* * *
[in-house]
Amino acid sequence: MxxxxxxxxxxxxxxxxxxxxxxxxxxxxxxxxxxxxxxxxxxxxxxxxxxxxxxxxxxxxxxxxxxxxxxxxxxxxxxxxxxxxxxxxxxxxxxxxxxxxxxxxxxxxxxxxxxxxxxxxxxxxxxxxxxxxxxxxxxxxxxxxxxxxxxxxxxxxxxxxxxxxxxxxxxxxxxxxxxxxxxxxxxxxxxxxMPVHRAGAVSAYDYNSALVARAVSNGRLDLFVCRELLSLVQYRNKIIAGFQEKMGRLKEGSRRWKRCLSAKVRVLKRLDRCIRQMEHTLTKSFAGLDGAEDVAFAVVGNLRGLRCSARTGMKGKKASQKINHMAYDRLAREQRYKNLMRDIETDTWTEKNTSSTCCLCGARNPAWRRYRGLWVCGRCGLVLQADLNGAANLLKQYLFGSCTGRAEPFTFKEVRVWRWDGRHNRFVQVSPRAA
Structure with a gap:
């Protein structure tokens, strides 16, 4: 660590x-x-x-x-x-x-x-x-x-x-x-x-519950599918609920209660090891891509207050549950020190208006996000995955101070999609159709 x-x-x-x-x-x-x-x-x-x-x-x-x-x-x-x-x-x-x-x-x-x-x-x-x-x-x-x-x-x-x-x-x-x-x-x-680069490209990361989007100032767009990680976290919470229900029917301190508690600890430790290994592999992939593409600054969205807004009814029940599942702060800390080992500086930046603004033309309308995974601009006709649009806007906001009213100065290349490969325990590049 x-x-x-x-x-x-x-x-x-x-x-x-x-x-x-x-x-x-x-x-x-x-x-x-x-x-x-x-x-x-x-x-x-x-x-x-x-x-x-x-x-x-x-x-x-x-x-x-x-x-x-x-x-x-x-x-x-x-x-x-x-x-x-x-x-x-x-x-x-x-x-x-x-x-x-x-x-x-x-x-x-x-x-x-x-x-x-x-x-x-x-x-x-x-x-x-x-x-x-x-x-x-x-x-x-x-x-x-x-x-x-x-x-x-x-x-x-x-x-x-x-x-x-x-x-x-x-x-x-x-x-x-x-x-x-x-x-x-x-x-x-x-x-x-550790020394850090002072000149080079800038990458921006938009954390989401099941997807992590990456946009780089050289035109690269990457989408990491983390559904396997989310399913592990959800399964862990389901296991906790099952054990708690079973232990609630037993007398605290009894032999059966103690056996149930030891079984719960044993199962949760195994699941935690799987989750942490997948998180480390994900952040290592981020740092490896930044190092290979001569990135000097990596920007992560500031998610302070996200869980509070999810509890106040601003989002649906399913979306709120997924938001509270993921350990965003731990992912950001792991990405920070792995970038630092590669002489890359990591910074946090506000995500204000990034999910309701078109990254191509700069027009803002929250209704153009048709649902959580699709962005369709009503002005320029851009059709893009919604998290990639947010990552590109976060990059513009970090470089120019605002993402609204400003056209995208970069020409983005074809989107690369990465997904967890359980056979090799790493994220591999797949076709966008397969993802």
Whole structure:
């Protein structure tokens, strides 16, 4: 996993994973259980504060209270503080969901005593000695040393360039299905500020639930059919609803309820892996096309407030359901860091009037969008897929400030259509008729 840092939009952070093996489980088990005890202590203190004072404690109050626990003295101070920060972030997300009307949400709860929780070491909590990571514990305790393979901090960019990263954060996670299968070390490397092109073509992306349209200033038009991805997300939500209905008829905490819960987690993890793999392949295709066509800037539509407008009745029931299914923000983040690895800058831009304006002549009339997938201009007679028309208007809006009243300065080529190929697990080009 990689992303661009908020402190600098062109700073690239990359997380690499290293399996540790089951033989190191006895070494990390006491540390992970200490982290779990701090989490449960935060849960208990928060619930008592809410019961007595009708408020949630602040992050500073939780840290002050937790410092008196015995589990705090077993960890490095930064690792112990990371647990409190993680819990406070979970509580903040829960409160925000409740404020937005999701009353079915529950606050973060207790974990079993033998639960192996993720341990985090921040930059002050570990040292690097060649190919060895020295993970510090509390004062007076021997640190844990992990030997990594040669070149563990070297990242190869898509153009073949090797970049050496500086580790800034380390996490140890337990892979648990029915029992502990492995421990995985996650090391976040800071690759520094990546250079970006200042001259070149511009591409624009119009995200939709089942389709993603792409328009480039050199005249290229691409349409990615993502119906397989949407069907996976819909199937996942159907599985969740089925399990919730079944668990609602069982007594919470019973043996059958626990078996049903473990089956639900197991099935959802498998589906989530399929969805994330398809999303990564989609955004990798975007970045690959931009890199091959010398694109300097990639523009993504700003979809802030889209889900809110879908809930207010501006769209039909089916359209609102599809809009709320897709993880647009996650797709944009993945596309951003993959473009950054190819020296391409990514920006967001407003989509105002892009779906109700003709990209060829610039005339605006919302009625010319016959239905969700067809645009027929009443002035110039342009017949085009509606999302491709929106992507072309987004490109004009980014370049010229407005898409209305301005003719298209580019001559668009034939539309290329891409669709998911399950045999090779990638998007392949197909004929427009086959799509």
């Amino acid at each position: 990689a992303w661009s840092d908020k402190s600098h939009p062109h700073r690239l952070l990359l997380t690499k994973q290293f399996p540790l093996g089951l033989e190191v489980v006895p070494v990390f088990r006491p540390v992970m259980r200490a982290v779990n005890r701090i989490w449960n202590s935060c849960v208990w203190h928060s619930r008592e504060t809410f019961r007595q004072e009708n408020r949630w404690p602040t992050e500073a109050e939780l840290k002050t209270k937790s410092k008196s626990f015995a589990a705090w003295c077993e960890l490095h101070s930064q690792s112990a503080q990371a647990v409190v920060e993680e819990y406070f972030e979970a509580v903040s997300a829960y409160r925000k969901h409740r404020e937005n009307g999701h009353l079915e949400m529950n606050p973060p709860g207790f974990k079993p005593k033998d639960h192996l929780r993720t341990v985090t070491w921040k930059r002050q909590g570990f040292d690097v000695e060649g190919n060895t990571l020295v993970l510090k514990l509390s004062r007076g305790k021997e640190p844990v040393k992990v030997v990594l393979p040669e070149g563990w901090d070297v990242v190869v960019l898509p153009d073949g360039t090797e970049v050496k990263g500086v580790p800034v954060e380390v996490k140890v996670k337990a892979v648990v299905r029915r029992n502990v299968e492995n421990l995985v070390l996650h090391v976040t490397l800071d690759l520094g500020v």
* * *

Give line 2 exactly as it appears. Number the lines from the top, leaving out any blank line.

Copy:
Amino acid sequence: MxxxxxxxxxxxxxxxxxxxxxxxxxxxxxxxxxxxxxxxxxxxxxxxxxxxxxxxxxxxxxxxxxxxxxxxxxxxxxxxxxxxxxxxxxxxxxxxxxxxxxxxxxxxxxxxxxxxxxxxxxxxxxxxxxxxxxxxxxxxxxxxxxxxxxxxxxxxxxxxxxxxxxxxxxxxxxxxxxxxxxxxxxxxxxxxxMPVHRAGAVSAYDYNSALVARAVSNGRLDLFVCRELLSLVQYRNKIIAGFQEKMGRLKEGSRRWKRCLSAKVRVLKRLDRCIRQMEHTLTKSFAGLDGAEDVAFAVVGNLRGLRCSARTGMKGKKASQKINHMAYDRLAREQRYKNLMRDIETDTWTEKNTSSTCCLCGARNPAWRRYRGLWVCGRCGLVLQADLNGAANLLKQYLFGSCTGRAEPFTFKEVRVWRWDGRHNRFVQVSPRAA